Prodigal son in return to IFA?
Published 07/10/2011 | 00:00
Irish FA President Jim Shaw has declared that he has no issue with the prospect of controversial former treasurer David Martin returning to a high profile position at Windsor Avenue.
The comments will cause concern at the Department of Culture, Arts and Leisure (DCAL) and Sport NI who are keeping a close eye on this developing story.
Last month the Belfast Telegraph broke the news that the IFA were risking incurring the wrath of government and possibly losing millions of pounds worth of funding with the potential comeback of Martin to an influential role.
Now we can reveal that Martin has gathered enough support within the IFA in recent weeks to place him as favourite to be elected to the new post of Deputy President.
Just when you thought the IFA was getting its act together comes this alarming twist which will stun those in government circles.
Only last year the then President, Raymond Kennedy, and Martin had to leave the IFA with the Sports Minister at the time, Nelson McCausland, making it clear the association would not get any money for improving Windsor Park while the pair were in office.
They had been strongly criticised in an independent report into the unfair dismissal of Chief Executive Howard Wells in 2008, costing the IFA a whopping £500,000.
With Kennedy and Martin in situ, the IFA was effectively deemed NOT fit for purpose. They both left under a cloud, but it had a silver lining for football here with the government, in conjunction with Sport NI, agreeing to release £25 million to upgrade Windsor Park and another £36 million to improve other stadia around the country.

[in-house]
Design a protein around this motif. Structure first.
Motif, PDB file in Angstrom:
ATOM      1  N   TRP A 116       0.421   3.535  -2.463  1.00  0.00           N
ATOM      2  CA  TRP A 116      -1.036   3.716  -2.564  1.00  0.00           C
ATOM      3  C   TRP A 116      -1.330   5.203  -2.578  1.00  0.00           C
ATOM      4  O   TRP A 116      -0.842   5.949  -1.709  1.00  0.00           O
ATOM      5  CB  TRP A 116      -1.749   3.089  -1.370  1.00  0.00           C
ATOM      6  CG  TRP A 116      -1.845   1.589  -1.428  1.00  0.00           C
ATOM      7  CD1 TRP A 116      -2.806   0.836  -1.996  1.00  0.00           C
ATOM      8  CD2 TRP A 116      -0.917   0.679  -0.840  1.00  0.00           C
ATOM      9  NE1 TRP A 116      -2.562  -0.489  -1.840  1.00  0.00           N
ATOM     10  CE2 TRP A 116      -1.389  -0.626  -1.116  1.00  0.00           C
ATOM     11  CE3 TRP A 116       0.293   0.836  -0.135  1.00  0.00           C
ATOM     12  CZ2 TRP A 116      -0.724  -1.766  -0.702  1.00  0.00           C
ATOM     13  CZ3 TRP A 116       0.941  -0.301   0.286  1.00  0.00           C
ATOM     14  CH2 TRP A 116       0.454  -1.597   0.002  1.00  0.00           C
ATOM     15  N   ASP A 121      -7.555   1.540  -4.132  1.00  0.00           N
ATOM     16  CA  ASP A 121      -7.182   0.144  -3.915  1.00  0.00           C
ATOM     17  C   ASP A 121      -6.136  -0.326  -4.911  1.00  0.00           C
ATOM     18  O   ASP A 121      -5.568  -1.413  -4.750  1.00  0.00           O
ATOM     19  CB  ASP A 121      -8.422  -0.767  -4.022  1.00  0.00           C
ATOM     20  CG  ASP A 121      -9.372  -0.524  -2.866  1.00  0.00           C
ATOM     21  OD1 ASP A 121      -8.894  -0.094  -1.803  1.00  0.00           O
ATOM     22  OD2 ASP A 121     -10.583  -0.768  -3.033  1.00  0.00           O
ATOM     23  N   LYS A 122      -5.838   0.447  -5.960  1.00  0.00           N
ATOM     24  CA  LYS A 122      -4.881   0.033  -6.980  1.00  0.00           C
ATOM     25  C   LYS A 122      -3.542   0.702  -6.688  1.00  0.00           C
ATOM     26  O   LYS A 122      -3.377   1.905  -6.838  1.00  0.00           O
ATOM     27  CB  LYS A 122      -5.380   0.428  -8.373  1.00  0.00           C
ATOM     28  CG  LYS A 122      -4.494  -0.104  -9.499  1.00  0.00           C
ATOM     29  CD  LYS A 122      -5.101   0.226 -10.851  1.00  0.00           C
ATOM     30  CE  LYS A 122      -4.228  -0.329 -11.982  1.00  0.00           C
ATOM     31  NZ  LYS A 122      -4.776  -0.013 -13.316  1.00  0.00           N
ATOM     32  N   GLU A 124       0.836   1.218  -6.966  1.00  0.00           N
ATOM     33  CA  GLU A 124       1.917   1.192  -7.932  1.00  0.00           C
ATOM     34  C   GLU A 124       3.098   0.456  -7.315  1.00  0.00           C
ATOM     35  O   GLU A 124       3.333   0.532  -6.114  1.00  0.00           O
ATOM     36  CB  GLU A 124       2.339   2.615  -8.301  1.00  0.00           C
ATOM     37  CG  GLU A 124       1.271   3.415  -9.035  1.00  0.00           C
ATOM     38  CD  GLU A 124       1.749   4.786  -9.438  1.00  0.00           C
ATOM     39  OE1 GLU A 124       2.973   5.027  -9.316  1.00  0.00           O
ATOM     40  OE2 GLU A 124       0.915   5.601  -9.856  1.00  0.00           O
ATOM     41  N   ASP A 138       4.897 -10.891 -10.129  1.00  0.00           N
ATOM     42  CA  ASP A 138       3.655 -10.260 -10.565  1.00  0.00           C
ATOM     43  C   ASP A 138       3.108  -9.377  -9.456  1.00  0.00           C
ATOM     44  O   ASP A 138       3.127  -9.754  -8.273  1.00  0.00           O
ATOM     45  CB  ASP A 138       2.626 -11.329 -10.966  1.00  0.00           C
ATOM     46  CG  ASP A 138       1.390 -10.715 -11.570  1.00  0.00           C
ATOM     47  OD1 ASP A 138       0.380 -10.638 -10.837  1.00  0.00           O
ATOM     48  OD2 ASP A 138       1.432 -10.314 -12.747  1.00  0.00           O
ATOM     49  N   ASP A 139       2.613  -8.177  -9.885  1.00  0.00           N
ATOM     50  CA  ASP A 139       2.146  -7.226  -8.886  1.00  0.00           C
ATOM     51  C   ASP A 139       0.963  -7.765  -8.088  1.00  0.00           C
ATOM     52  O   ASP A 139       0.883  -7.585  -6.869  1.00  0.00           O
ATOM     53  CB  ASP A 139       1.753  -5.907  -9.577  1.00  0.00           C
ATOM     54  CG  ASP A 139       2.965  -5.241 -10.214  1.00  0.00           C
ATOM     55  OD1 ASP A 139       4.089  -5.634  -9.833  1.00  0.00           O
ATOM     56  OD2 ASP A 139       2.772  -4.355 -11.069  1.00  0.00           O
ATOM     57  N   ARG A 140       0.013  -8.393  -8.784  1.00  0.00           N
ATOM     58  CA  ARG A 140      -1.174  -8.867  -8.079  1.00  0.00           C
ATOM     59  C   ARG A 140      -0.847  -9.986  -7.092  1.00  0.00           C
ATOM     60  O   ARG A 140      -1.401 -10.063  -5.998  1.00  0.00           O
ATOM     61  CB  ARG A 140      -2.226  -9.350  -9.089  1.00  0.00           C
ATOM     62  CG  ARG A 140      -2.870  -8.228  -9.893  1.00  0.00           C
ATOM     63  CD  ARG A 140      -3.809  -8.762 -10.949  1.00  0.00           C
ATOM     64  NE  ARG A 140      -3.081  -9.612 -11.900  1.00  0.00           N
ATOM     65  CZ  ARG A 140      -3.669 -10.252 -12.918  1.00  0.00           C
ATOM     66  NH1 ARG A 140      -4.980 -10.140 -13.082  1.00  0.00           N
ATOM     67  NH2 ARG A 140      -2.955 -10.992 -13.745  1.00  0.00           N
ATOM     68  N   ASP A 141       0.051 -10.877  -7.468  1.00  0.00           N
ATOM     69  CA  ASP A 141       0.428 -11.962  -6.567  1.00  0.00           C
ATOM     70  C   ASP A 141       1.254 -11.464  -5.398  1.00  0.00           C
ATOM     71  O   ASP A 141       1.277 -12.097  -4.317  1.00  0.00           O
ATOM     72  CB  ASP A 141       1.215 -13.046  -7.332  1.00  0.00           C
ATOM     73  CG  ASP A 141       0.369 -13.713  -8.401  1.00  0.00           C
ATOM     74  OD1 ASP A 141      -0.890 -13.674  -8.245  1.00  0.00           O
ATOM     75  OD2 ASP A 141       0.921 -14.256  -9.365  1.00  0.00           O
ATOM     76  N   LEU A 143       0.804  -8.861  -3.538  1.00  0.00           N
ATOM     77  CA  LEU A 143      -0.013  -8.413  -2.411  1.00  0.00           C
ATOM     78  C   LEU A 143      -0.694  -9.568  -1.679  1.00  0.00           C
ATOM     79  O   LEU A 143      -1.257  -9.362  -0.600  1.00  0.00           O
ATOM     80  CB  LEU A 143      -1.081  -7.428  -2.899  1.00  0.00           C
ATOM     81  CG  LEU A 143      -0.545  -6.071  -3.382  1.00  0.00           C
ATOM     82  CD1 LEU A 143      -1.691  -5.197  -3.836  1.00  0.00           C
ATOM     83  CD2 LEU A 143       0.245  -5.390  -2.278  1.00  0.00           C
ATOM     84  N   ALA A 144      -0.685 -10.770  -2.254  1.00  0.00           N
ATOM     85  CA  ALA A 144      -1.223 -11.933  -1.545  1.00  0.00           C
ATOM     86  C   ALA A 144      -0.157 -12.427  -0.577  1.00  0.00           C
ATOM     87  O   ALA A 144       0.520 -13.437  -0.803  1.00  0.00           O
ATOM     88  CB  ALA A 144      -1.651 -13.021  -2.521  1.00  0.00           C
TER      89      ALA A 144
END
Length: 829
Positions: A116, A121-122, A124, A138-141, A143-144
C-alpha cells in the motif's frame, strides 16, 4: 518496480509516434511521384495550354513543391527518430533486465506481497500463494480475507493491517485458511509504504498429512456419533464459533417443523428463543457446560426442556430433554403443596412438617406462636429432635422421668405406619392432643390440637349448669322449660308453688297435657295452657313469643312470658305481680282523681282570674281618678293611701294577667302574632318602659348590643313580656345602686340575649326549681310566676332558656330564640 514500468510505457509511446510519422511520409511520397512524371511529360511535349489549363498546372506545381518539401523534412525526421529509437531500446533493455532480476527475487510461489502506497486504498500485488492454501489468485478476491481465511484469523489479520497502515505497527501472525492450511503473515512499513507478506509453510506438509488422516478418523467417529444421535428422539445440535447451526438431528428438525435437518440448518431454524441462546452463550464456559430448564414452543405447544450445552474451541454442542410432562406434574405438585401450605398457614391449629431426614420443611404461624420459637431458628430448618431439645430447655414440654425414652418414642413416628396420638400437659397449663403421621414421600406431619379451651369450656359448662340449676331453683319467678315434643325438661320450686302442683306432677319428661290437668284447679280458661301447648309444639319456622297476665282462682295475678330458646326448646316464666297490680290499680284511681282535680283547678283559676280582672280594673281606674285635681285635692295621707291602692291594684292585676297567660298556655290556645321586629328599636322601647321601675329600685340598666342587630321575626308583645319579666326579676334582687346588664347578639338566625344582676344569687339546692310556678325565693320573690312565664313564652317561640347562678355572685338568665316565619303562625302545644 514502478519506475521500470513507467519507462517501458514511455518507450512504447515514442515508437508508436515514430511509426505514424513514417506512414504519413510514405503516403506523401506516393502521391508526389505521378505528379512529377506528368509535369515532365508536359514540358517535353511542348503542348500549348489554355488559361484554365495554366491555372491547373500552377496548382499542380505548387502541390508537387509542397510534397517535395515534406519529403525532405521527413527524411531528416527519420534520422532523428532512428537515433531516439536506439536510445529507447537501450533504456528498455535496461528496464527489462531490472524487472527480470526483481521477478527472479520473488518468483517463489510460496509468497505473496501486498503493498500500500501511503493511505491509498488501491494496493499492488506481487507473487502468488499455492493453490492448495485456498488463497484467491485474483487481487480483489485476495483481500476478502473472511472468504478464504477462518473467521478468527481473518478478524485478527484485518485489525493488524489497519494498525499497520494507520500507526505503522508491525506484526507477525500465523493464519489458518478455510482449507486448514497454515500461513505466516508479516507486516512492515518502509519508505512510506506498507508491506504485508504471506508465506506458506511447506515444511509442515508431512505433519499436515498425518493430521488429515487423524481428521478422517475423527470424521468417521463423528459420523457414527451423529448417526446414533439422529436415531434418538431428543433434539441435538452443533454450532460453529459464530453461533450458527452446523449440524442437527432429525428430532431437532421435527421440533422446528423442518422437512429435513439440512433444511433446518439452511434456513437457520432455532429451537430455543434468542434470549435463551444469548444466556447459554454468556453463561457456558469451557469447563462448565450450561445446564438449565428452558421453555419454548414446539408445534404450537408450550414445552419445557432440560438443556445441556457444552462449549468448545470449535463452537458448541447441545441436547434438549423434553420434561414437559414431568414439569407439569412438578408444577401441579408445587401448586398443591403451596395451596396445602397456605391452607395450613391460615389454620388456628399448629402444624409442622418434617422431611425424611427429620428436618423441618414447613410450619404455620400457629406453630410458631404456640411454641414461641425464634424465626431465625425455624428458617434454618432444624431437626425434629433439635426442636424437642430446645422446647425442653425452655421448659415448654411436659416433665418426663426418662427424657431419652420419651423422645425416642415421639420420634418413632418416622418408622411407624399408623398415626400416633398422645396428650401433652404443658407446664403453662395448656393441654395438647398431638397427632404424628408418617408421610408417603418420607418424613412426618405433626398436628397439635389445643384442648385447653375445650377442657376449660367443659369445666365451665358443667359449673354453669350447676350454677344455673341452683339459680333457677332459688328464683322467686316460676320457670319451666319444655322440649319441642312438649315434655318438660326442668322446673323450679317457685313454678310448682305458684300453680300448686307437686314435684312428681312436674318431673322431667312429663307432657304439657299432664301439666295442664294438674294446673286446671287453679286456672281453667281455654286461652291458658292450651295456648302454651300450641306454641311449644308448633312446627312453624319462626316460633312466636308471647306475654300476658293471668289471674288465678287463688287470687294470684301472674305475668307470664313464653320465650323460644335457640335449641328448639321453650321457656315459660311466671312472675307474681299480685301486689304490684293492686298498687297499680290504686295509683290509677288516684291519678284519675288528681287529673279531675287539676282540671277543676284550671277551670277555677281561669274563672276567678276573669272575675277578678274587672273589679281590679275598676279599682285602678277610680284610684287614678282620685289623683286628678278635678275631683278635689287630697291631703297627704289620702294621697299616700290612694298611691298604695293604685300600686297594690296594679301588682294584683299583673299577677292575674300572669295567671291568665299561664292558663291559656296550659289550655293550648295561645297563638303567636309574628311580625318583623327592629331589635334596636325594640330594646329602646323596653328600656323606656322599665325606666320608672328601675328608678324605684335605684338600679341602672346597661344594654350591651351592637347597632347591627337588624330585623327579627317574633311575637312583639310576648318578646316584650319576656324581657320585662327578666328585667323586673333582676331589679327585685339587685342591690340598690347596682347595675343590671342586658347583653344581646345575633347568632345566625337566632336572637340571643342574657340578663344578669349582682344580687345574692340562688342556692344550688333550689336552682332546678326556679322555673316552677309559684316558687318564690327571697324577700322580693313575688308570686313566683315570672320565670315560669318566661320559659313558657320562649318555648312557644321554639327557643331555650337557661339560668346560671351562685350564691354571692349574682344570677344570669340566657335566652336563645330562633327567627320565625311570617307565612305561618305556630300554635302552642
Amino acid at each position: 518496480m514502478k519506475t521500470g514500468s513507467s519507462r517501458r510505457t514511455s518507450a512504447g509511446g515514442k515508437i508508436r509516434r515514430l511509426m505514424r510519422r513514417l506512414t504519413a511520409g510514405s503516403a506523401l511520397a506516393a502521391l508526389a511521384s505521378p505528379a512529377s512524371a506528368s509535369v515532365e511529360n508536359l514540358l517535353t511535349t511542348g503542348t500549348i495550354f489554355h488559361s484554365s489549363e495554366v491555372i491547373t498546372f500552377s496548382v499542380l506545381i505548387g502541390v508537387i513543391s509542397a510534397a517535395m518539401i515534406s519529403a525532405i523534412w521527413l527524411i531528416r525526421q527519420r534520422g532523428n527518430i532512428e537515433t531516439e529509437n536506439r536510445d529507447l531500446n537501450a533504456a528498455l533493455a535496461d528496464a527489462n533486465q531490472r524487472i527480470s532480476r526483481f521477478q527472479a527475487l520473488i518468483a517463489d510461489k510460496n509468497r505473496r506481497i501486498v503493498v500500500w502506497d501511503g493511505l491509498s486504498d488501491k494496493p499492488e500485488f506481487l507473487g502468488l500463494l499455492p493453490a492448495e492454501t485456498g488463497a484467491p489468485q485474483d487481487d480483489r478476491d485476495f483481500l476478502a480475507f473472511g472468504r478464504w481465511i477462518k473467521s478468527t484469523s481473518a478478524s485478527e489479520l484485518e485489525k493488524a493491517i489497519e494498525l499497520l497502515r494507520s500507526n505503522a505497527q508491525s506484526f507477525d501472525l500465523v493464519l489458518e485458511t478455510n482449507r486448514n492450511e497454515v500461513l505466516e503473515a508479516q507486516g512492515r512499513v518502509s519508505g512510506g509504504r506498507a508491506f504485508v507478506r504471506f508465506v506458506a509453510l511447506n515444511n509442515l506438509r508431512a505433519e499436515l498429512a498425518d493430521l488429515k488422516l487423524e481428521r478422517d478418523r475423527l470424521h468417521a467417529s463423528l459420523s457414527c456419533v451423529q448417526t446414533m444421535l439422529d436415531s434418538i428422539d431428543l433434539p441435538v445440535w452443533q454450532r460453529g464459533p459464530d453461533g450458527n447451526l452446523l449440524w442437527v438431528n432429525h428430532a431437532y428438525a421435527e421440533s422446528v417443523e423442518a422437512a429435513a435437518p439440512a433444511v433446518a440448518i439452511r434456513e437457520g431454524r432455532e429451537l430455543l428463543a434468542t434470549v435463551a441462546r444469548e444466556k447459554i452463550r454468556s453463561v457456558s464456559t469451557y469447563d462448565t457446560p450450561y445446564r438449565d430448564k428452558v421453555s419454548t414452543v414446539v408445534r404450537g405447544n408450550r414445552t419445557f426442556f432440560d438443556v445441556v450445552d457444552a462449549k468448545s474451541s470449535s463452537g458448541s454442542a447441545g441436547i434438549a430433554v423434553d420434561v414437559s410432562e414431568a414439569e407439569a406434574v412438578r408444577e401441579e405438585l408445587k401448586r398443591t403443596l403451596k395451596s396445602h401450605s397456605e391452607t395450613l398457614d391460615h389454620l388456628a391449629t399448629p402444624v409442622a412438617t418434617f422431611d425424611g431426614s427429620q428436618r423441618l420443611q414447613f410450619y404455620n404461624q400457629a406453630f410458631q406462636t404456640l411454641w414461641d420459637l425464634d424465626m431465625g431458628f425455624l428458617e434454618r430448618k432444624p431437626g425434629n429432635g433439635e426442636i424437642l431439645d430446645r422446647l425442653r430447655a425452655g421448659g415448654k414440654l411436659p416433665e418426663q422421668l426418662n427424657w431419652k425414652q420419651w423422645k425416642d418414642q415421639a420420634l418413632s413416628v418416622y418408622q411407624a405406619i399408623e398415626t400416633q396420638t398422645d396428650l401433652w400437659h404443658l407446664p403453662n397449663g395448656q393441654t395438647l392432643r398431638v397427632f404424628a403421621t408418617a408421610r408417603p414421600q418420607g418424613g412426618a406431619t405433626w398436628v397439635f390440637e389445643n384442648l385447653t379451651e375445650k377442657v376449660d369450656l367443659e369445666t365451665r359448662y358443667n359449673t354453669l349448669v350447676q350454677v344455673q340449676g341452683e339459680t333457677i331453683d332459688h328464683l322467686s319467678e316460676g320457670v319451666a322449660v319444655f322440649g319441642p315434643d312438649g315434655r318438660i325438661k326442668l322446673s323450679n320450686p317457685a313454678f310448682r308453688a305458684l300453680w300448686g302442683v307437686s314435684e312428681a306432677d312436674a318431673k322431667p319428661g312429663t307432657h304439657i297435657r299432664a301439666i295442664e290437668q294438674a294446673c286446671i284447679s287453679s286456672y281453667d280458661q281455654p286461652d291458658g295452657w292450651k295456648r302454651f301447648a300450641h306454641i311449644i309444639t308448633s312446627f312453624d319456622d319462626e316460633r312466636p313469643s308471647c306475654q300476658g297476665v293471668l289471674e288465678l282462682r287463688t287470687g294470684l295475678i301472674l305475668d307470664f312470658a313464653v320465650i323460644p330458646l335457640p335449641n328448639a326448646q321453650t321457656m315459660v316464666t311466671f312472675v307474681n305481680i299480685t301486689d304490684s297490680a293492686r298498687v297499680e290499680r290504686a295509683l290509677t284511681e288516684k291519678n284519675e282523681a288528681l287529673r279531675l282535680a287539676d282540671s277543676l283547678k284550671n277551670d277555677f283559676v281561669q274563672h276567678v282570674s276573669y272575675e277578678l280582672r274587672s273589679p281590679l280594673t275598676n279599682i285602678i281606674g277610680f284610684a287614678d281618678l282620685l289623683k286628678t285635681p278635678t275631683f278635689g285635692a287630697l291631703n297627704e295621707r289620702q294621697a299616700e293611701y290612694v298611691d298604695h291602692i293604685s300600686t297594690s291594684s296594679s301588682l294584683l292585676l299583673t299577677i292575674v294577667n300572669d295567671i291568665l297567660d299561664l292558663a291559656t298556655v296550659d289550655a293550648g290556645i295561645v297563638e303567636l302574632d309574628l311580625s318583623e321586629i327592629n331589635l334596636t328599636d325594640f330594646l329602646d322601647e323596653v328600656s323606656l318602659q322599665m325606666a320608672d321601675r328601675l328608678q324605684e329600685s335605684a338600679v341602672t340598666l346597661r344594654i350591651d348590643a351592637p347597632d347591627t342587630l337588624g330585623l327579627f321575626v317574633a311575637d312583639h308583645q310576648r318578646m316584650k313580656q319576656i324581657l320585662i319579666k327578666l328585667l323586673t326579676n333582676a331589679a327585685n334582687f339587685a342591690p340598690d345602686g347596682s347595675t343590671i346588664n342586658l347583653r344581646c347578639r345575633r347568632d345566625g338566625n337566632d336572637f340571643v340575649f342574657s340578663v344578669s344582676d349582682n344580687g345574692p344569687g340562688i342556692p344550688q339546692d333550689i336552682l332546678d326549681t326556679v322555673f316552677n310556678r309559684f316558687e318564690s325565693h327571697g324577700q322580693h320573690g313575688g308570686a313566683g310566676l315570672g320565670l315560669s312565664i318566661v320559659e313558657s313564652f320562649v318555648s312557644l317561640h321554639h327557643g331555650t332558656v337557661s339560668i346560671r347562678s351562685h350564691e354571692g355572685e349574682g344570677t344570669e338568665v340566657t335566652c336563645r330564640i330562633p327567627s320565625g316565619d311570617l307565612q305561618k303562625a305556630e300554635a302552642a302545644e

Eyebrows, quite rightly, are now being raised in DCAL and Sport NI at the prospect of Martin's return in the Deputy President's role which was created when at the last IFA AGM it was decided to dispense with the treasurer's role and the two vice-president positions, occupied by Jack Grundie and Terry Pateman.
Grundie and Pateman, like Martin, have been nominated for the new post and will fight it out for votes from the IFA's Executive Council on October 17.
When contacted by the Belfast Telegraph, Martin refused to answer questions., saying only: “My nomination is in and that's all I have to say on the matter.”
DCAL and Sport NI do not wish to make a public statement about the issue at the moment, but don't expect them to stay silent for long if Martin is elected.
It would be seen as a slap in the face to both bodies, who have worked hard with the IFA, in order that millions of pounds worth of public money could be handed over, even in the current financial climate.
It's understood the IFA have already received some of the £61 million package, though President Shaw says he is confident that regardless of who becomes Deputy President the money will not be taken away.
Shaw said: “I have no issue with any of the three people nominated for the position. The vote will take place on October 17 and all three are eligible to stand.
“I hope and and am confident it won’t affect the finances. We are well down the line with that in hoping to achieve what we set out to achieve.”
If Shaw is correct and a Martin victory doesn't take any money away from the current upgrading of Windsor, there will still be fears amongst football fans that those at Stormont and Sport NI won't be so generous in the future.
Election for Martin would cost the IFA goodwill and could cost them capital in years to come.
Shaw has provided the IFA with a steady hand since taking over as President from Kennedy, but he is facing his first two major tests.
There is the future of the Northern Ireland manager to sort out, be it Nigel Worthington or not, and also who will be working alongside him and Chief Executive Patrick Nelson as Deputy President.
Shaw (pictured) would be advised to take a lead and talk to his old friend Martin and advise him to withdraw from the race. Nelson too, has to be pro-active and make some noise, while IFA Council members should seriously consider their votes if it comes to that.
Otherwise the IFA are in danger of facing the type of embarrassment, ridicule and questions they thought they had left behind.